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Certification and Collective Marks

Law and Practice

Jeffrey Belson

Certification and Collective Marks is a thoroughly updated and augmented edition of Certification Marks, first published in 2002. This comprehensive study forms a wide-ranging inquiry, with comparisons of the certification and collective mark systems of the UK, EU and US, whilst also referring to other systems. In addition to the laws and policies impacting ownership and use of these marks, also addressed are their historical development, registration and protection, certifiers’ liability, legal and commercial significance, use in regulatory and technical standardization frameworks, and emergent sui generis forms of certification, namely ecolabels and electronic authentication marks in digital content. This publication is especially timely in light of the advent of the EU certification mark and the controversial EU proposals to extend the Geographical Indications system to include non-agri-food products.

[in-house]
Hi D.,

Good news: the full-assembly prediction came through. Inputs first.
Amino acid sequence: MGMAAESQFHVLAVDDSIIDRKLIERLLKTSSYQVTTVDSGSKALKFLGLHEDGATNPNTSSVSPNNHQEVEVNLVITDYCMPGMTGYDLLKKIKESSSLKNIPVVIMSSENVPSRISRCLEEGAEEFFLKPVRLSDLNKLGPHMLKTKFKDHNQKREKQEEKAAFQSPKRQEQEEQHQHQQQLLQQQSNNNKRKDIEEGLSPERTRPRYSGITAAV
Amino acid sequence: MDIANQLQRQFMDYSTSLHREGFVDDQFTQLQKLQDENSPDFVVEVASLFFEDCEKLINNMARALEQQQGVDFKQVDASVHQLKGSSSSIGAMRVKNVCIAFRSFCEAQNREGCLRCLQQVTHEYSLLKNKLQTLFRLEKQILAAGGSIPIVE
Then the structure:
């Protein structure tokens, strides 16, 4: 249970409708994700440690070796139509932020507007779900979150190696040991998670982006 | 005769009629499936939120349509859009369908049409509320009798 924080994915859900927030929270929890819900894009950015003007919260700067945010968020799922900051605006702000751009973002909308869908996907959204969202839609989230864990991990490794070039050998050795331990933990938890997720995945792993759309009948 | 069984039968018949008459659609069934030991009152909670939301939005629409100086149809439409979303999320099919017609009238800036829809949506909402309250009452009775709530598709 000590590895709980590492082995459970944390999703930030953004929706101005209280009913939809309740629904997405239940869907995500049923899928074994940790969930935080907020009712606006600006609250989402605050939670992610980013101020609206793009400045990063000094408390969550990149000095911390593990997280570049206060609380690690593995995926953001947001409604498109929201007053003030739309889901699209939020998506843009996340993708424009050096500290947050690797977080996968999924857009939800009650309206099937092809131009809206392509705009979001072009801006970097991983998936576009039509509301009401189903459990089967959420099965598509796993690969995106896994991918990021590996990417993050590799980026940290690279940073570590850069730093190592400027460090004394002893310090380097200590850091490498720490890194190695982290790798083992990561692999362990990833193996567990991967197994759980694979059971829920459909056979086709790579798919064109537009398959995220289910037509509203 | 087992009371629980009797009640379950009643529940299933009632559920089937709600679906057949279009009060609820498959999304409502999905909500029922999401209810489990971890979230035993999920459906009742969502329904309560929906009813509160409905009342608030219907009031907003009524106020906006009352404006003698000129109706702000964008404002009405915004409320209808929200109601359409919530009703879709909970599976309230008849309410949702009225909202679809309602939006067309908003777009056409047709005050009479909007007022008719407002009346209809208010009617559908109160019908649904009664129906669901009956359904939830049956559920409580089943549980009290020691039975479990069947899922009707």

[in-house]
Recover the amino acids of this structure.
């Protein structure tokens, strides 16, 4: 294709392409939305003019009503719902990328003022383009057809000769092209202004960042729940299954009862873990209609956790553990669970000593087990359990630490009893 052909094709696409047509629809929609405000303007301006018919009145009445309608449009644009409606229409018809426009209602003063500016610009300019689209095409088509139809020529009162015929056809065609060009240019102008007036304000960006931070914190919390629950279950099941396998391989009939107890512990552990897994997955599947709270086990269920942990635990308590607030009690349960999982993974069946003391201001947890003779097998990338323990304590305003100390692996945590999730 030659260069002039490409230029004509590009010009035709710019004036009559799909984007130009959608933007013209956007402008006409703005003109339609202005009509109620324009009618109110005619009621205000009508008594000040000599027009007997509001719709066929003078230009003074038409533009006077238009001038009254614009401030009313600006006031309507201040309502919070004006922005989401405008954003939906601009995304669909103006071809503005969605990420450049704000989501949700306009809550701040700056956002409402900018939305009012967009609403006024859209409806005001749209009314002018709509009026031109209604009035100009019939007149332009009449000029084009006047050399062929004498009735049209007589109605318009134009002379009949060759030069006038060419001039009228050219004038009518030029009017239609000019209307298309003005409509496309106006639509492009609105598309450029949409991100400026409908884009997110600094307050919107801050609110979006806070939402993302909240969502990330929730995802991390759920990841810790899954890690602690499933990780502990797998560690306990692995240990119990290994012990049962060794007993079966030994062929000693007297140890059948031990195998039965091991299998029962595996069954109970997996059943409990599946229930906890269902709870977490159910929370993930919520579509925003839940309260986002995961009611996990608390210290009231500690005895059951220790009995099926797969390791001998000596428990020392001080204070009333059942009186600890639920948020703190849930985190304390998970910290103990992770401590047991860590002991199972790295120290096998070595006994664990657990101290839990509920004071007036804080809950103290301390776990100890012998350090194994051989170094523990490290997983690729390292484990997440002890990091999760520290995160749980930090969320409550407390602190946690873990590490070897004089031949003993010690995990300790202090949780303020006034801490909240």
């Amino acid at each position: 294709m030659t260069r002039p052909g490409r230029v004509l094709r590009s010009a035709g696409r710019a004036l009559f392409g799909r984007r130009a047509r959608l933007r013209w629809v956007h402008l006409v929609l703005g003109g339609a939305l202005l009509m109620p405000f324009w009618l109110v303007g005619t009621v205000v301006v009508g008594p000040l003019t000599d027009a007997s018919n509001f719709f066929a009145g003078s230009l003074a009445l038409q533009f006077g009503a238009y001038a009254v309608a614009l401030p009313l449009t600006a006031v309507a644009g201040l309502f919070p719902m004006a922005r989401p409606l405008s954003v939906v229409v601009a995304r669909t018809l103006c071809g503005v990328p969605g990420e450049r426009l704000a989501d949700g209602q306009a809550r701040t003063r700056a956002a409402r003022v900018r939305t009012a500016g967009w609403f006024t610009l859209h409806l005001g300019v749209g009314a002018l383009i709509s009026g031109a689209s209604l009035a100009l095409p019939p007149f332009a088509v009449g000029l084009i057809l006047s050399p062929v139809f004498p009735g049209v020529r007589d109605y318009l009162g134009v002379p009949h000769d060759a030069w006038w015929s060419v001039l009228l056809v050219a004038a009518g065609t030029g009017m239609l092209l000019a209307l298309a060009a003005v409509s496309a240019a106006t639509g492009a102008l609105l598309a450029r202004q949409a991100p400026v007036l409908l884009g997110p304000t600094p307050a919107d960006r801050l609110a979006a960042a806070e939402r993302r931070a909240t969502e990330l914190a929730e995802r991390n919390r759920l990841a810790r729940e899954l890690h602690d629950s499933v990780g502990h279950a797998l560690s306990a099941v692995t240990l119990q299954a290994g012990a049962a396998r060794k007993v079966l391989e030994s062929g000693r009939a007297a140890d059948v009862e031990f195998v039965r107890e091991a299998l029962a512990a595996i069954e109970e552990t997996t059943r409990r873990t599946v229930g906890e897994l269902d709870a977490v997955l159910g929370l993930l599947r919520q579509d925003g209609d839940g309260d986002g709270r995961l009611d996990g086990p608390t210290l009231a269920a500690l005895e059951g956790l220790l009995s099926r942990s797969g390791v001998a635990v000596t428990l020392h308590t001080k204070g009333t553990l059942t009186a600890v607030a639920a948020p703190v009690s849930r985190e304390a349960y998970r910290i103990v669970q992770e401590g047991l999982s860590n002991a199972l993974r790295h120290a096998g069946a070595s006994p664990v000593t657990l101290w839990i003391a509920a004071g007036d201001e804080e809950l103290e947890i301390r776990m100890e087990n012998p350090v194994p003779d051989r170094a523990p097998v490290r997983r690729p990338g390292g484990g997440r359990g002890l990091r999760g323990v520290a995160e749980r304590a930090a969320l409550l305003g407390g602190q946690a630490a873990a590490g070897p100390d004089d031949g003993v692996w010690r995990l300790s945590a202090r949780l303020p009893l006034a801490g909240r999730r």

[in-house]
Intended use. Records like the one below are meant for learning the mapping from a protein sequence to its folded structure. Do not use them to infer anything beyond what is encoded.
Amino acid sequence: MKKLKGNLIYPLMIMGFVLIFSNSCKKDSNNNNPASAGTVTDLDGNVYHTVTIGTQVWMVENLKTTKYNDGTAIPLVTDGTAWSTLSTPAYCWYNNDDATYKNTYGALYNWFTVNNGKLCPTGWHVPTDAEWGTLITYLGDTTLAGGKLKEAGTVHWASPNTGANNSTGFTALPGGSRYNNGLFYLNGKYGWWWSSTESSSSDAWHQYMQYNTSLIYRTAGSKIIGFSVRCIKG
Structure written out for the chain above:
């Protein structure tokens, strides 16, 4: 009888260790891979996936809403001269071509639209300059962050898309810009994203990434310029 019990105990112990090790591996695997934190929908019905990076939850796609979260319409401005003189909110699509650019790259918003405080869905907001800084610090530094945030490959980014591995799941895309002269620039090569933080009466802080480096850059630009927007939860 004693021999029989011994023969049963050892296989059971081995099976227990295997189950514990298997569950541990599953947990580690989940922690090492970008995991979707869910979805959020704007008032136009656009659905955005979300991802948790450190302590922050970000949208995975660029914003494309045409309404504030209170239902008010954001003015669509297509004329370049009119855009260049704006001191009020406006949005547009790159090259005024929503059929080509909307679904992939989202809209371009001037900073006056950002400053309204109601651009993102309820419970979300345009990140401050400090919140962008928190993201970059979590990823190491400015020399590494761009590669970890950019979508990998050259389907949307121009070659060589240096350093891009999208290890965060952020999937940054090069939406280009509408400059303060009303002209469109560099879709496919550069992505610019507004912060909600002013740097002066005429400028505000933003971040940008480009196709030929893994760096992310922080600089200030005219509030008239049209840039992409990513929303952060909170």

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Chapter 8: AUTHENTICATION MARKING OF DIGITAL PRODUCTS

Jeffrey Belson

Extract

This chapter puts forward the proposition that a legally protectable ‘authentication mark’ is associable with digital products. The proposition builds on the notion that an authentic digital product is one reproduced or distributed with legitimate authority or approval. The digital watermarks and digital signatures currently used in digital products are, it is suggested, forms of authentication marks. They are a means of authenticating digital content through embedded ownership and other data, which can be used to detect and prevent unauthorized reproduction and distribution. Thus they constitute a turn away from human sensate marks to machine sensate marks as a basis for bipolar distinction, insofar as they distinguish lawfully produced digital content from unauthorized or infringing copies. Key words: digital product; authentication mark,

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